By Matt Slater and Rob Hodgetts
BBC Sport at Carnoustie
MONTY'S IN THE MOOD FOR FUN
If the Open champion was decided by gags per minute during their news conferences, Colin Montgomerie would at the very least make the play-off this week.
His Montyness was in fine form on the eve of battle, holding court and dishing out one liners with that dry wit of his.
What kind of mood will Monty be in after Thursday's first round?
"It's standing room only at the back," he quipped, revelling in the attention of a room full of hacks.
An early questioner asked: "Colin, what did that win [in the recent European Open] do for you, even though it wasn't links golf?"
"A win is a win. It doesn't matter if it's in the car park," fired Monty, eyes sparkling and mouth portraying the hint of a smile.
Someone else asked what he thought about mobile phones being banned.
"I'm fine with mobile phones going off on the course," he shot, a study in deadpan. "It's the other players that it was brought in for, the likes of Retief Goosen, who really get upset with those sort of things."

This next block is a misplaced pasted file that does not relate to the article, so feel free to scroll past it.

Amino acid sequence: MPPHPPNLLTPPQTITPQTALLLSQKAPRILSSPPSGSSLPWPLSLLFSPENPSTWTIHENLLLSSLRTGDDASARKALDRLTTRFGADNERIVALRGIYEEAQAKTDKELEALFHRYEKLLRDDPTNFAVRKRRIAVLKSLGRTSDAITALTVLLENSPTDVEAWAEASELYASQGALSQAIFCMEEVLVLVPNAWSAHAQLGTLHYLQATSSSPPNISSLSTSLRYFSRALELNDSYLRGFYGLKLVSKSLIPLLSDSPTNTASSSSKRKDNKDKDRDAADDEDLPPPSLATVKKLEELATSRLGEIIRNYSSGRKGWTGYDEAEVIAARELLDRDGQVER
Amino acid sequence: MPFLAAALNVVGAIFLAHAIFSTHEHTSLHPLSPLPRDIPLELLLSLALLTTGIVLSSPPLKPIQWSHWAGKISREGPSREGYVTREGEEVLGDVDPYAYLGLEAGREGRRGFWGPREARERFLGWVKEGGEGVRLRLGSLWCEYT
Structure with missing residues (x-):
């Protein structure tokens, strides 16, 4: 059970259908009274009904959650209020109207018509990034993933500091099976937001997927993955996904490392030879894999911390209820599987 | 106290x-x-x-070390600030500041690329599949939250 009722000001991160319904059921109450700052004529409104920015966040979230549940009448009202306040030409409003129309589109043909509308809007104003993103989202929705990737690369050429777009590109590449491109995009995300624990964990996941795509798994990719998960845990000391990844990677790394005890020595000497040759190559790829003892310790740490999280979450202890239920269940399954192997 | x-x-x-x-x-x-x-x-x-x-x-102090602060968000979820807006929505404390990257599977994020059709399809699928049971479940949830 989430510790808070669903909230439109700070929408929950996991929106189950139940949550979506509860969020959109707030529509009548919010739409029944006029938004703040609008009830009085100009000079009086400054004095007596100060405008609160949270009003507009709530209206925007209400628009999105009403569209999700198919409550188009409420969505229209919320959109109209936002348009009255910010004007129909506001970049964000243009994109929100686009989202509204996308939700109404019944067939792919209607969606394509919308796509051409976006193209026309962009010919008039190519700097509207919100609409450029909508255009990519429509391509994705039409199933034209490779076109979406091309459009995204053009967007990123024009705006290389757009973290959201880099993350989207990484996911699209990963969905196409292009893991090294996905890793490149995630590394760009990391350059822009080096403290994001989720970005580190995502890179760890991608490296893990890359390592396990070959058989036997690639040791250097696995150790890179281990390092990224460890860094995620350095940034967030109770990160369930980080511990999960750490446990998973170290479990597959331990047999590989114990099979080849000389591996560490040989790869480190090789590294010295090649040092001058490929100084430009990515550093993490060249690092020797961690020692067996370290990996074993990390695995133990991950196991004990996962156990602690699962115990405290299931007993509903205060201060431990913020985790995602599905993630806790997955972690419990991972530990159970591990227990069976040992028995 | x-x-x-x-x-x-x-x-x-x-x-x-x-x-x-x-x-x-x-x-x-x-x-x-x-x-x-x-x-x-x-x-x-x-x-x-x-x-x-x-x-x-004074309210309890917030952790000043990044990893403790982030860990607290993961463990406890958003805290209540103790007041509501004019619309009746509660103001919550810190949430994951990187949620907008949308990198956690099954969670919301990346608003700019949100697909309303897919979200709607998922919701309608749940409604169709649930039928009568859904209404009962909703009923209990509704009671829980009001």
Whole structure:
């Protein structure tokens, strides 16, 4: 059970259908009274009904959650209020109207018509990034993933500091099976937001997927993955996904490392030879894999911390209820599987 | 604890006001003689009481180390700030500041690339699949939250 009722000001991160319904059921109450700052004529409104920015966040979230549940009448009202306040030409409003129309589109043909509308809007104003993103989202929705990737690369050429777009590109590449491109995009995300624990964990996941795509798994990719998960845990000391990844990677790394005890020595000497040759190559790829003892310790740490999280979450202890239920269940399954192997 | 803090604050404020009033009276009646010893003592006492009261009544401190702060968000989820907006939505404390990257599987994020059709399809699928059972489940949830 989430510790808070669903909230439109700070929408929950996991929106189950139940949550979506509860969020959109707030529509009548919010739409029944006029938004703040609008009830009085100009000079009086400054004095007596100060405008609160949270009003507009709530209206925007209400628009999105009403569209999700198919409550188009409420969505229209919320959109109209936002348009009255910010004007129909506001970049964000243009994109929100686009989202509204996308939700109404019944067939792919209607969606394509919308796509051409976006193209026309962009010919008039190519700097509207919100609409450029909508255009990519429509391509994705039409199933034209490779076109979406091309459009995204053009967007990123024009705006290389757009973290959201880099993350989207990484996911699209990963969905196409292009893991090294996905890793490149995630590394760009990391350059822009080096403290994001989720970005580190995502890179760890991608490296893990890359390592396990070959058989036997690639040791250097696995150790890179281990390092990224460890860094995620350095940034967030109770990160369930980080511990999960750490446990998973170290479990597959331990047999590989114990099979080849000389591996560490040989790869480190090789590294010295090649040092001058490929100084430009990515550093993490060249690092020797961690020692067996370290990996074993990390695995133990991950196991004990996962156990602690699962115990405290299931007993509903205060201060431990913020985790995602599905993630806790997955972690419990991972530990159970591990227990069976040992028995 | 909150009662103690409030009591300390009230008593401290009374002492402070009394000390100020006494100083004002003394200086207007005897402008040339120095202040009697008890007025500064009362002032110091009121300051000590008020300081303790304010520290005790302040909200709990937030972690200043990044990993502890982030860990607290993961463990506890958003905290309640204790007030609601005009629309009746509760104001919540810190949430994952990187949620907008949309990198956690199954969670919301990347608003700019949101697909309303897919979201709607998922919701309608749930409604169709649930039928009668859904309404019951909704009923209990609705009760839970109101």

Another question: "Colin, you're 43, are you still in the prime of your career?"
"I hope so. I just won 10 days ago for Christ's sake." Monty 1-0 hack.
The Scot was also quizzed about having two coaches - he's working with long-time advisor Denis Pugh as well as new man Pete Cowen.
"I just wish I had more, to be honest. Two probably isn't enough," he said. So that's self-deprecation ticked off, too.
Anyone who shoots 70 around here, any day, any conditions, should be commended
Monty went on to explain how difficult Carnoustie is, particularly the 18th.
"It's one of the toughest finishing holes in golf. Last night I hit driver, three wood in. To 10ft, I should add. I didn't even bother with the putt." A touch of swagger and a great pay-off there.